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Jodi C.
Jodi C.
Survivor

Tracey E.
Tracey E.
Survivor

Babe & Jean
Babe & Jean
Caregiver & Family

Emily D.
Emily D.
Survivor

Valerie G-S
Valerie G-S
Survivor

Pamela C.

Pamela C.
Pamela C.

Survivor

I suffered a stroke on September 17, 2005. I had no known risk factors when I suffered the stroke. With the knowledge I gained after the stroke, I realized I had suffered a TIA. However, I had no knowledge to the warning signs of a stroke. So once making it past the ten minutes of the horrific stroke warning signs, I shook it-off as, "wow that was weird." I did not go to the doctor, I did not tell anyone.

However I made a promise to myself, "if this ever happens again, I'm going to the doctor."

Two months later, I suffered the big one and today I am disabled because of my lack of knowledge of stroke and its warning signs. I am not able to use my left arm or hand and it is very difficult for me to walk. I work hard every day to get my life back. I was 48 years old when I suffered the stroke. I am now a 53-year-old stroke survivor. I am happy and excited to say that on September 17, 2010, I reached my five year stroke anniversary. There are studies that show if a stroke survivor makes it past the five year mark without suffering another stroke, then their chances go down for having other strokes. I am a volunteer with the American Heart Association as an Ambassador for "The Power to End Stroke."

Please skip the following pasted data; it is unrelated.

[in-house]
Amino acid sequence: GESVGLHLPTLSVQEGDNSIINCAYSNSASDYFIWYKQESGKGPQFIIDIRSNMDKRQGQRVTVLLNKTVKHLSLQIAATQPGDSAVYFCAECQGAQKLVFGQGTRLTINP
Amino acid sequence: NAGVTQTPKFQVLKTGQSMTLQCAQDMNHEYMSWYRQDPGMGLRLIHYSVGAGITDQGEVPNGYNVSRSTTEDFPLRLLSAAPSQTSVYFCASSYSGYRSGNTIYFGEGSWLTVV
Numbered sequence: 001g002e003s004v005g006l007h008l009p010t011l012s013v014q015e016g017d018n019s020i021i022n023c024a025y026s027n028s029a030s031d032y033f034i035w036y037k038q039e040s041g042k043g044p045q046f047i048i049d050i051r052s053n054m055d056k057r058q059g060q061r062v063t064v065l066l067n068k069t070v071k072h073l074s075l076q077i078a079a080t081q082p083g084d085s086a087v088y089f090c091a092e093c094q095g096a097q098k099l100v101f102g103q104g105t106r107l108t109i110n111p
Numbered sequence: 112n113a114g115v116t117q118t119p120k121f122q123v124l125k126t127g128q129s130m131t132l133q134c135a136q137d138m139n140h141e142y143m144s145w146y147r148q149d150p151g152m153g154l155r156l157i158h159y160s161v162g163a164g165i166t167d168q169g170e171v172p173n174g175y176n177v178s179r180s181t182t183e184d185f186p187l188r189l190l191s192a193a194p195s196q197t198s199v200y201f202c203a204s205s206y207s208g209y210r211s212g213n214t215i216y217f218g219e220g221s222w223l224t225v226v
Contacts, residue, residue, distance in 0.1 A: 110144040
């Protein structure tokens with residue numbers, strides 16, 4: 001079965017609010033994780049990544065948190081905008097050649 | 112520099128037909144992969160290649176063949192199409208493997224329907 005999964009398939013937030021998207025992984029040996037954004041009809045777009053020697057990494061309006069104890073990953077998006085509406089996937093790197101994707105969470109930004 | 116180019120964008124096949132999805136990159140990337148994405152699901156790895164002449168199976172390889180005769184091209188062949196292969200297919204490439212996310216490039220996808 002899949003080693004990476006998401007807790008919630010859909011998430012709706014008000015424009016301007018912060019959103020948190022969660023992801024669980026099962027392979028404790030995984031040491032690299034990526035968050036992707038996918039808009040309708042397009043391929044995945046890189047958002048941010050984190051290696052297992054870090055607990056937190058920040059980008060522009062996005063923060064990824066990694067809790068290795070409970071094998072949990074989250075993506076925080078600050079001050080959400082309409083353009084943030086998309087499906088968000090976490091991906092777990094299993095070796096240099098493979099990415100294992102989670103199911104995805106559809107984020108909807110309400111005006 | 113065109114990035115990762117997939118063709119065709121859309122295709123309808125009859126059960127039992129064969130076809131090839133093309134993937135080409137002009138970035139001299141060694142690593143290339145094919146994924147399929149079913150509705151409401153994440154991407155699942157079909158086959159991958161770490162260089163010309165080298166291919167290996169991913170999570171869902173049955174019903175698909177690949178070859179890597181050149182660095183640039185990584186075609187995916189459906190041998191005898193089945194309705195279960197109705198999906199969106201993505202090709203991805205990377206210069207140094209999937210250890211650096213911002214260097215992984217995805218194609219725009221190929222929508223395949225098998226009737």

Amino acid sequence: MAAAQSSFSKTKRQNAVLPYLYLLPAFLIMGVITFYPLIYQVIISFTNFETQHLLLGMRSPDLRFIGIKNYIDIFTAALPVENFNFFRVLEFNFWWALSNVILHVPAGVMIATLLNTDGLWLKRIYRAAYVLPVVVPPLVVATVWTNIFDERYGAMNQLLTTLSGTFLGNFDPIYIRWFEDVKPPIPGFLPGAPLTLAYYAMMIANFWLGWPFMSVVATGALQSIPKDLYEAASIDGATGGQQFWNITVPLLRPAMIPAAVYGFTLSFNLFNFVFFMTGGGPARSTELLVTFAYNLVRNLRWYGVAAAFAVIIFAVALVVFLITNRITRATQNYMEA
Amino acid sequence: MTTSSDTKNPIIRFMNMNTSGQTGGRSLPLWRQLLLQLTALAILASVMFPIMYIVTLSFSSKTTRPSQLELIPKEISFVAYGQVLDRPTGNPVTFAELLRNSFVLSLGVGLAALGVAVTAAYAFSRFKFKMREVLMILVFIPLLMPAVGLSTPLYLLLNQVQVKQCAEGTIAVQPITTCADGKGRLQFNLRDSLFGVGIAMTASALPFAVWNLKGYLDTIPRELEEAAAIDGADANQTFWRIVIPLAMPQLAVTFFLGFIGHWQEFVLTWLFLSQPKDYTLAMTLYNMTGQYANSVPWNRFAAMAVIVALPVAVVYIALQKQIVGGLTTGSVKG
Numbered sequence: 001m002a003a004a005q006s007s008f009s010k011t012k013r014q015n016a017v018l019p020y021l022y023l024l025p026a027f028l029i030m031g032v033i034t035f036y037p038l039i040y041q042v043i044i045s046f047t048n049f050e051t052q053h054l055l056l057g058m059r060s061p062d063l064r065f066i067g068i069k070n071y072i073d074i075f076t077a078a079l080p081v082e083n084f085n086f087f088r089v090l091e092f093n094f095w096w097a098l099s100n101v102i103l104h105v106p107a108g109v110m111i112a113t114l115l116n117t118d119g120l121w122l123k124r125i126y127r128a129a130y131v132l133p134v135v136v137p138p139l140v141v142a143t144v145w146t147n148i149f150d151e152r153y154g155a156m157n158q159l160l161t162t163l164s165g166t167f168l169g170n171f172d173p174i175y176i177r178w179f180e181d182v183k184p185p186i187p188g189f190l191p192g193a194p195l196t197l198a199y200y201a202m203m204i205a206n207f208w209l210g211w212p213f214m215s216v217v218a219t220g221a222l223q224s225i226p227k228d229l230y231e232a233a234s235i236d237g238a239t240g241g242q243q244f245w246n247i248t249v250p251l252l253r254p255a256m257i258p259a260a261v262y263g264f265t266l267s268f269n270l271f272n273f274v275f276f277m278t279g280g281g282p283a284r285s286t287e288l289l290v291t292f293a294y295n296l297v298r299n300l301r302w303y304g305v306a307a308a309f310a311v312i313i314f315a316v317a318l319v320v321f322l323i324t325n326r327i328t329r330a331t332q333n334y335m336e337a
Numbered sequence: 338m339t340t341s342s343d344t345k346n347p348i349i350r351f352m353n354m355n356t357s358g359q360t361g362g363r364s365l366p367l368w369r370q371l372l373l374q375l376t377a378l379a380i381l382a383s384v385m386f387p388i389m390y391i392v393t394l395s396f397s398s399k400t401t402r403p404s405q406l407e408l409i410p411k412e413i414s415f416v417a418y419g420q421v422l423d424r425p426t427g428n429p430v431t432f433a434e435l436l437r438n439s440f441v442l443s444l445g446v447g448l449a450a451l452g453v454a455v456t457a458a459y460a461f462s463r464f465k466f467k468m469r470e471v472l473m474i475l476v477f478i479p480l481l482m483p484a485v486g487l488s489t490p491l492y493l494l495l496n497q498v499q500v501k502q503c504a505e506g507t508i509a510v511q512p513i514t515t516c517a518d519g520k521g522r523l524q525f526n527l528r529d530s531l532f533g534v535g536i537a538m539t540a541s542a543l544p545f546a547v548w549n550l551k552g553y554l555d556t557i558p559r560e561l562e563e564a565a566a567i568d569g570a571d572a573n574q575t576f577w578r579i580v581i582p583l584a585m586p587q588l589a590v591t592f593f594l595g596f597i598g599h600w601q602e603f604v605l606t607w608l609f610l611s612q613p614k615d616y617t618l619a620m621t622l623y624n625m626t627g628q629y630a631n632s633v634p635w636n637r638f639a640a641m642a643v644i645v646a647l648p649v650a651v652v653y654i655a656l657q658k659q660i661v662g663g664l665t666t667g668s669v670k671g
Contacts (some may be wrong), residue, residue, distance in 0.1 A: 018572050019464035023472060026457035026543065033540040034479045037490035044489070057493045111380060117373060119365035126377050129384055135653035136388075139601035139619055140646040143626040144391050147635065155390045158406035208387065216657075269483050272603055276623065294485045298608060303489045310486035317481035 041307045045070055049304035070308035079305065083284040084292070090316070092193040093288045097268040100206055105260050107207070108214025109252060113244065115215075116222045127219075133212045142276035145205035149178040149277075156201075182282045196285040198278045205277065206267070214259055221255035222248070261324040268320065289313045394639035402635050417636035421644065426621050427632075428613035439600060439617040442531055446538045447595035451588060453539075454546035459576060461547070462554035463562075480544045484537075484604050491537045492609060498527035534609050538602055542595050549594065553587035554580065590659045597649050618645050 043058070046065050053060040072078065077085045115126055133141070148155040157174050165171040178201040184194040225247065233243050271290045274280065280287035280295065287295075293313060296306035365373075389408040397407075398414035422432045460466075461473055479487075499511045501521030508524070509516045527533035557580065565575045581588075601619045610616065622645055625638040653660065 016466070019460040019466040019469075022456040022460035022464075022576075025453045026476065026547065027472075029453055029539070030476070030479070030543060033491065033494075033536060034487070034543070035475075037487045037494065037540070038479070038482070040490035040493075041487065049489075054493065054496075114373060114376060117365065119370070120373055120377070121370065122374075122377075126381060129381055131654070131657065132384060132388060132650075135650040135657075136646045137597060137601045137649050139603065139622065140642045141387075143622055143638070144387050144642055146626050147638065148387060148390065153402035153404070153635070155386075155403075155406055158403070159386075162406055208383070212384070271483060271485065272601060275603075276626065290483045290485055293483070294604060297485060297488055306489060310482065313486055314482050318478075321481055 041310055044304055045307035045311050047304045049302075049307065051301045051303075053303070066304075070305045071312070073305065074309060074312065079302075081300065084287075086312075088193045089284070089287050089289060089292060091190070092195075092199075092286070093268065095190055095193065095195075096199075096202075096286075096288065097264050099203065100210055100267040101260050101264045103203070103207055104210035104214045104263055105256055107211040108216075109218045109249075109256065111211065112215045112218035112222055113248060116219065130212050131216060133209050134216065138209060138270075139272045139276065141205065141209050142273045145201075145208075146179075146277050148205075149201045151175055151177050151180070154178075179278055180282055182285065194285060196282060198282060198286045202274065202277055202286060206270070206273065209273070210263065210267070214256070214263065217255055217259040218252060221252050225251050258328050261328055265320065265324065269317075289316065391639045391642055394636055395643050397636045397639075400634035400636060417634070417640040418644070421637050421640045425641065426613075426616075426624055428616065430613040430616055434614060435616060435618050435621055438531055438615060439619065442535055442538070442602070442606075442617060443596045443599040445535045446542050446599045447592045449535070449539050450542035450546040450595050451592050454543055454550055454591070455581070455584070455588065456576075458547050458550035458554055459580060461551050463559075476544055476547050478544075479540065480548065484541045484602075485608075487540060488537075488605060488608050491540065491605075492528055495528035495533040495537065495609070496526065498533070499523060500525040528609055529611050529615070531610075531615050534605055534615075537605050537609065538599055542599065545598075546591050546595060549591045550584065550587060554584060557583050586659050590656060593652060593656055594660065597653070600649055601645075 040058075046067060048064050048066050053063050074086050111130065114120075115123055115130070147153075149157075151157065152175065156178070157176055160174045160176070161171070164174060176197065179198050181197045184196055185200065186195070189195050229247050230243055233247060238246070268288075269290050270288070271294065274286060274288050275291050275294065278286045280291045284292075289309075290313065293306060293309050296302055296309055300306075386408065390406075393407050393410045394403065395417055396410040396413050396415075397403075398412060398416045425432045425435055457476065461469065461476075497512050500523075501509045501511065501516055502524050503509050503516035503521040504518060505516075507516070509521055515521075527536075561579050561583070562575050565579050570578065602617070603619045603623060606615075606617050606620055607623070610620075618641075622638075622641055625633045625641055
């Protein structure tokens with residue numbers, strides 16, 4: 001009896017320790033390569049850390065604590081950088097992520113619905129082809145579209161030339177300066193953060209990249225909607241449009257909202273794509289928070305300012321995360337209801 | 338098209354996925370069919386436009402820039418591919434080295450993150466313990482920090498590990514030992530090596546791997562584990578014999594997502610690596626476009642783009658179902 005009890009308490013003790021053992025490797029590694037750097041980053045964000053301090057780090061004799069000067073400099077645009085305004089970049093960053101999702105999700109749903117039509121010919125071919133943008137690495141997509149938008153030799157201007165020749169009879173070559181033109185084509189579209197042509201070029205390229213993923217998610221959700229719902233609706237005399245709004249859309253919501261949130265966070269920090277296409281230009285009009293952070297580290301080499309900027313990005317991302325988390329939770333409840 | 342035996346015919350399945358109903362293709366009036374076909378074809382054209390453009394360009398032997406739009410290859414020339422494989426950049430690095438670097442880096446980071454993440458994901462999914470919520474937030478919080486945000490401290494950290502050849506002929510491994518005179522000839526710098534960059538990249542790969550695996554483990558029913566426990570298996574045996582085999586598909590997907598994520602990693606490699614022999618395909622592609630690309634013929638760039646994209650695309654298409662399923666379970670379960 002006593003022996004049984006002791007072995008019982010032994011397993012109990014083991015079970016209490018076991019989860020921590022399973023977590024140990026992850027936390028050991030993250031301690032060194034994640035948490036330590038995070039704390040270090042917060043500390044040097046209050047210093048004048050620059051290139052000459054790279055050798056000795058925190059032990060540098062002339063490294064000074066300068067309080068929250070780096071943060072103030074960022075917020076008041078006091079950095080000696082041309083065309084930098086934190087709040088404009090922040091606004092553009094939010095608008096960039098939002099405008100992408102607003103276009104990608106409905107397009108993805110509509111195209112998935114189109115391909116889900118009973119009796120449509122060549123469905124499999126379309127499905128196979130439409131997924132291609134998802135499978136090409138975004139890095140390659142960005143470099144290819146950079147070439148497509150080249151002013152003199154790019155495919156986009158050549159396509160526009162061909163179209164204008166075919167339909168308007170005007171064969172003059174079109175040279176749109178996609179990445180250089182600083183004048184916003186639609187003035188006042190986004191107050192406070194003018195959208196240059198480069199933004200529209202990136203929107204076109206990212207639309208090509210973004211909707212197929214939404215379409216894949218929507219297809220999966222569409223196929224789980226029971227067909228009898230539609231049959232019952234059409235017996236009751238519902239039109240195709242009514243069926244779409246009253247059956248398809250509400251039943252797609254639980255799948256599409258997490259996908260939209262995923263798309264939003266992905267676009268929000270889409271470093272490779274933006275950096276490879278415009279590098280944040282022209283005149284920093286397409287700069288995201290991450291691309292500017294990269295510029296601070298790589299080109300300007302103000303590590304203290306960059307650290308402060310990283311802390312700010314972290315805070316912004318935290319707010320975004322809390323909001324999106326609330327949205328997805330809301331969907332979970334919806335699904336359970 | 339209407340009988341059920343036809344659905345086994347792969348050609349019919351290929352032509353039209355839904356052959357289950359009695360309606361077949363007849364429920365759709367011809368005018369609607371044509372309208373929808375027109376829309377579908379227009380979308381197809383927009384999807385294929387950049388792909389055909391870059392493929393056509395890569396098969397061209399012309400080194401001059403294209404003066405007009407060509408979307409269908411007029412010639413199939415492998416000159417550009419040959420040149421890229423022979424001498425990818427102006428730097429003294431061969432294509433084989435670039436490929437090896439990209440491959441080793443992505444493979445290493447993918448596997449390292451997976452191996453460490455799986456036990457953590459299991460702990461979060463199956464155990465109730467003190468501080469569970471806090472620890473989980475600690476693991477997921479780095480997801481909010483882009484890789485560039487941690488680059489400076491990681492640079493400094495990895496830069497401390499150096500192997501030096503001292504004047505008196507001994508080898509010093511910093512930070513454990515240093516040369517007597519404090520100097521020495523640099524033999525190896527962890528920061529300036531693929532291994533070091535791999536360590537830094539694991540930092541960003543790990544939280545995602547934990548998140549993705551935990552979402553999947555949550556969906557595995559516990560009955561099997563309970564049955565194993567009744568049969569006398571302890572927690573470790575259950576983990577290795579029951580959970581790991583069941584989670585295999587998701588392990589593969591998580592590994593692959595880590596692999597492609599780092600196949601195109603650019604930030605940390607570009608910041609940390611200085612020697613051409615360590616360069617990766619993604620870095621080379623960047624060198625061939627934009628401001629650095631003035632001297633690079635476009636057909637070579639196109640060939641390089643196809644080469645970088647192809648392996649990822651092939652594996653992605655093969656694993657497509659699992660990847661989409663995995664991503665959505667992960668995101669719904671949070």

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Display of the Faces of Stroke stories does not imply National Stroke Association's endorsement of any product, treatment, service or entity. National Stroke Association strongly recommends that people ask a healthcare professional about diagnosis and treatment questions before using any product, treatment or service. The views expressed through the stories reflect those of the authors and do not reflect the opinion of National Stroke Association.

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Faces of Stroke

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